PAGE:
Themes and Meanings

(Comprehensive Guide to Short Stories, Critical Edition)

The sixth and final chapter of “One of Cleopatra’s Nights” begins with the observation that the banquets, orgies, and other assorted delights of the modern world are meager by comparison with the world of antiquity. This is probably untrue, but it is an essential element in the gaudy image of antiquity that Frenchmen of Théophile Gautier’s generation had. It was fashionable for them to lament the “decadence” of their own world and to contrast the drab materialism of modern civilization with the supposed color and virility of more primitive ways of life. To the French Romantics it seemed that the world of antiquity must have been infinitely brighter, grander, and more lavishly decorated than their own—at least for the likes of Cleopatra—and that was the way they saw it in their mind’s eye.

The reader of this story is expected to know what happened afterward, at least in outline. Mark Antony is also destined to die, ostensibly for love of Cleopatra. History suggests, however, that in spite of the fact that his marriage to her caused him a great deal of trouble in Rome, he married her in 37 b.c.e. as much for her money—which financed his Parthian campaign—as for her beauty. Antony’s defeat by Octavian (later the Emperor Augustus, the brother of the Roman woman Antony was pledged to marry) at the battle of Actium in 31 b.c.e. formed a prelude to the peak of the Roman Empire’s achievements, which were soon superseded by decadence and decline.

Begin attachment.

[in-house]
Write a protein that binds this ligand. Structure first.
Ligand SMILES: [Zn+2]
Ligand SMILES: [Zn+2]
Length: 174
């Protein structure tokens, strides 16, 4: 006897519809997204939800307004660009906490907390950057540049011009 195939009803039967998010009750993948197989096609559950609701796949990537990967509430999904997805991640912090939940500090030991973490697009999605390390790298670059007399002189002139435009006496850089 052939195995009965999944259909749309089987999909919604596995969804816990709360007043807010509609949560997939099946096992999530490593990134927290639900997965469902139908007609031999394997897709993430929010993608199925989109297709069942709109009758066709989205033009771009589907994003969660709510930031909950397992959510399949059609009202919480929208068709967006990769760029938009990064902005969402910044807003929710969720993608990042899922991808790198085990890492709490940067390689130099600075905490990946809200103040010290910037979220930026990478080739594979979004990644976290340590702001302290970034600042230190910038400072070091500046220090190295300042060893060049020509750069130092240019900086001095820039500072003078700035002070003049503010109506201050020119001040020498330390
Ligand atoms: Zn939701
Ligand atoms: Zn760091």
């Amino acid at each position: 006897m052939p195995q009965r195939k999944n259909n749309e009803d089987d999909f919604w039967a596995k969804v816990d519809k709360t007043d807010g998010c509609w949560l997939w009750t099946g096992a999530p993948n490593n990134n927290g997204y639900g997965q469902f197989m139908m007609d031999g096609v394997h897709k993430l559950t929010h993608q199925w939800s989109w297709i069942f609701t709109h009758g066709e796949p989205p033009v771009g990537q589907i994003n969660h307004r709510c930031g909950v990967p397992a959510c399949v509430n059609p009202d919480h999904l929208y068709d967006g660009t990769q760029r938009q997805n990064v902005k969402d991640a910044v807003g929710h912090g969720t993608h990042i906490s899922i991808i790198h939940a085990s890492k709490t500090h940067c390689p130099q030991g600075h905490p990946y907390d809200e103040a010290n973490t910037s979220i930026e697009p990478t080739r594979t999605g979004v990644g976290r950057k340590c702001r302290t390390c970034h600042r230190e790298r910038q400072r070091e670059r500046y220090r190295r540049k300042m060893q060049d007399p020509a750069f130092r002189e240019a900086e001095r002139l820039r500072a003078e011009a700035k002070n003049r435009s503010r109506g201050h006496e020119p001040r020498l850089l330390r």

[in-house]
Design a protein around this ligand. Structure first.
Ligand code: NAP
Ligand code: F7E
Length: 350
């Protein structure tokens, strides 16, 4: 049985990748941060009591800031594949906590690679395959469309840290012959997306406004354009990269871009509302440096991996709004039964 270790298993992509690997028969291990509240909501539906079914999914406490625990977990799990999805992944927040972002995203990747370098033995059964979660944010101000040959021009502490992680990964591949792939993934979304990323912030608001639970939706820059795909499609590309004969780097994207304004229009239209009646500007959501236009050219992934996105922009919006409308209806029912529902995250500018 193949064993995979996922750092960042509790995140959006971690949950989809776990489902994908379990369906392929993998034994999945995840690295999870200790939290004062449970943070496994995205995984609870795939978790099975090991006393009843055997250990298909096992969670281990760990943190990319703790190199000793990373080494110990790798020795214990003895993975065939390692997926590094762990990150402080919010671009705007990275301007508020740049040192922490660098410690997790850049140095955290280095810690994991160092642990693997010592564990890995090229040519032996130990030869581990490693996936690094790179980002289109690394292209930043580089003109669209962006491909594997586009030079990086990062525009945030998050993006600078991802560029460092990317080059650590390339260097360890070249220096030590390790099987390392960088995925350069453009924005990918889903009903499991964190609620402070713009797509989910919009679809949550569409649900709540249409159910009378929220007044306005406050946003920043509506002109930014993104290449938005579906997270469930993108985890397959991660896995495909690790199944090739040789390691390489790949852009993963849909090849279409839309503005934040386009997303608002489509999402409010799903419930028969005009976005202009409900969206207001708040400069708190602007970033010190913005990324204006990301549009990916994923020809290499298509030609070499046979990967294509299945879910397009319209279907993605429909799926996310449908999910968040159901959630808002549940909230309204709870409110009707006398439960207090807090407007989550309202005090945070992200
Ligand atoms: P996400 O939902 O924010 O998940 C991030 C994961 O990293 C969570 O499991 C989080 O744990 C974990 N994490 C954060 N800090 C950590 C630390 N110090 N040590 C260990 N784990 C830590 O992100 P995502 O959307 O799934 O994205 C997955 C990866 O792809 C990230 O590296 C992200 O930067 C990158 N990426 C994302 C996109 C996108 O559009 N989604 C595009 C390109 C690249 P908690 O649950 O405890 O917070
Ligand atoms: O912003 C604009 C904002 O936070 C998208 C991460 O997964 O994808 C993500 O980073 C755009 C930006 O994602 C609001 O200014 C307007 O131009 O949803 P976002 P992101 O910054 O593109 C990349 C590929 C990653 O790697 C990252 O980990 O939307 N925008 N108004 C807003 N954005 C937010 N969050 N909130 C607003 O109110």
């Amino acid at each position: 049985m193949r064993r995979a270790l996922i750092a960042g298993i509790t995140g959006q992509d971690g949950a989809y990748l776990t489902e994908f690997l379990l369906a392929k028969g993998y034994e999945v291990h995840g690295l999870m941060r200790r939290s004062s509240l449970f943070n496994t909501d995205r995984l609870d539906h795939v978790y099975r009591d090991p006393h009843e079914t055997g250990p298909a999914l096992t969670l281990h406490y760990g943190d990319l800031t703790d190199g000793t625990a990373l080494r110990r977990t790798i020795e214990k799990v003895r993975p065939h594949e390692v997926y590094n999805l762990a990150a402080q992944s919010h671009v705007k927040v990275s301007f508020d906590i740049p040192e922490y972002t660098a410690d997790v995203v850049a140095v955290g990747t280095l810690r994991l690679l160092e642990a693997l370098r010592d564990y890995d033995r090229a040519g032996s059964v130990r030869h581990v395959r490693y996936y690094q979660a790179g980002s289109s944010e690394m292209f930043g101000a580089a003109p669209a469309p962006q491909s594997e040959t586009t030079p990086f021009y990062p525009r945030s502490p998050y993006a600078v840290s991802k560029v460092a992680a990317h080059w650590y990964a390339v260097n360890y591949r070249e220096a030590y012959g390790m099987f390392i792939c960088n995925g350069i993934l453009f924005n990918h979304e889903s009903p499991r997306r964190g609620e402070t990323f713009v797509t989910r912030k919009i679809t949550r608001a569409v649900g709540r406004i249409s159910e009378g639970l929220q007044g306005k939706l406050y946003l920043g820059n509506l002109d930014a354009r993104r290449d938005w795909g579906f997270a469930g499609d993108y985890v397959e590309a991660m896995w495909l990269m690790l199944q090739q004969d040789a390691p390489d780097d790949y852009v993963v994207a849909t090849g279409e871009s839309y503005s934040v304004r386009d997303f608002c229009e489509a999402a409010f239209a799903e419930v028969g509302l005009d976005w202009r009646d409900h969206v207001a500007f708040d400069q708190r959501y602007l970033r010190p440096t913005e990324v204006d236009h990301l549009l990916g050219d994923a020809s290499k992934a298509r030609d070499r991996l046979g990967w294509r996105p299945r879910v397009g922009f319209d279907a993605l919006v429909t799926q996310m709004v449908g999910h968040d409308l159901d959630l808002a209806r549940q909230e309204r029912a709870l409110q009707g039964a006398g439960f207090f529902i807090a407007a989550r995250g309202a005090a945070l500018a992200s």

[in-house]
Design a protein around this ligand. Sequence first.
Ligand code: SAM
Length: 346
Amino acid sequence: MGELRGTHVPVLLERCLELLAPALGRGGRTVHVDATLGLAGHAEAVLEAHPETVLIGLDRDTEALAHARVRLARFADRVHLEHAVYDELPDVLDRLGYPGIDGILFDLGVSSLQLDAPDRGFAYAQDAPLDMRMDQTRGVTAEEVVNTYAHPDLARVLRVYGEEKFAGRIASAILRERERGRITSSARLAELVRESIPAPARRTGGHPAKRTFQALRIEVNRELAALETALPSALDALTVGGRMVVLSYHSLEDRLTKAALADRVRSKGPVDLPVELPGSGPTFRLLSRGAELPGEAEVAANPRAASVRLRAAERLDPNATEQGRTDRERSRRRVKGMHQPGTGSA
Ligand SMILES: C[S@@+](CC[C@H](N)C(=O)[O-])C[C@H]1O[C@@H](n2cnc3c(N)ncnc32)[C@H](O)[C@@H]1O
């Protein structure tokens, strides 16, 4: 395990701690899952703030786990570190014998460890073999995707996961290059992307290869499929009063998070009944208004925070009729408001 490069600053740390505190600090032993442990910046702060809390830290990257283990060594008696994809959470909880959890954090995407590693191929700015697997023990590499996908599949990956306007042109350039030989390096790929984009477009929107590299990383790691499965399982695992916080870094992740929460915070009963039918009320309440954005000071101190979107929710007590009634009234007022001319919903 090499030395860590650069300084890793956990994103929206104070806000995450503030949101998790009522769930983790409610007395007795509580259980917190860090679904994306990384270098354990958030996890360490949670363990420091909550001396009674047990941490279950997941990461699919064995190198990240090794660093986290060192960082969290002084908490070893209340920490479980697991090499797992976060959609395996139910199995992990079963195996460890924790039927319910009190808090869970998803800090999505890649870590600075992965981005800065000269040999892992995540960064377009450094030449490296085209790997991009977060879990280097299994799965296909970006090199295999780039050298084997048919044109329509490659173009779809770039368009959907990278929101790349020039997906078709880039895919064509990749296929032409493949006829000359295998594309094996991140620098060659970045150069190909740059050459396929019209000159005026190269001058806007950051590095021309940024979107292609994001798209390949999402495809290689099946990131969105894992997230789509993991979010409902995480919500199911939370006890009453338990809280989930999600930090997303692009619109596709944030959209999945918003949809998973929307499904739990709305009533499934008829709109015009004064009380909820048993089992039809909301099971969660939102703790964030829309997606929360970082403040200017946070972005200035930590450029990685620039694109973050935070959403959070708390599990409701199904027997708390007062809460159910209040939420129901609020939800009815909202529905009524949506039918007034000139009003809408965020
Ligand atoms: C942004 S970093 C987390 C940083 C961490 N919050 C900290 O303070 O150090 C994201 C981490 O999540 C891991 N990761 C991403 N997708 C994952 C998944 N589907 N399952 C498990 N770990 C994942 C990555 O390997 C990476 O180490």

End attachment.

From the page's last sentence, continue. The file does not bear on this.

Given all this, it is understandable that Gautier can assure the reader that Cleopatra will not be shedding any tears for Mark Antony. He feels fully entitled to take the view that Cleopatra’s single night with Meïamoun—which takes place when she is in her early thirties—provides a climax for her rich and varied career as a lover, just as it provides a climax for Meïamoun’s far narrower erotic experience.

It is significant that Meïamoun, like Cleopatra herself and the city of Alexandria, is a relic of the empire of Alexander the Great, on whose ruins the Romans built their own empire. Cleopatra and he are “made...

(The entire section is 889 words.)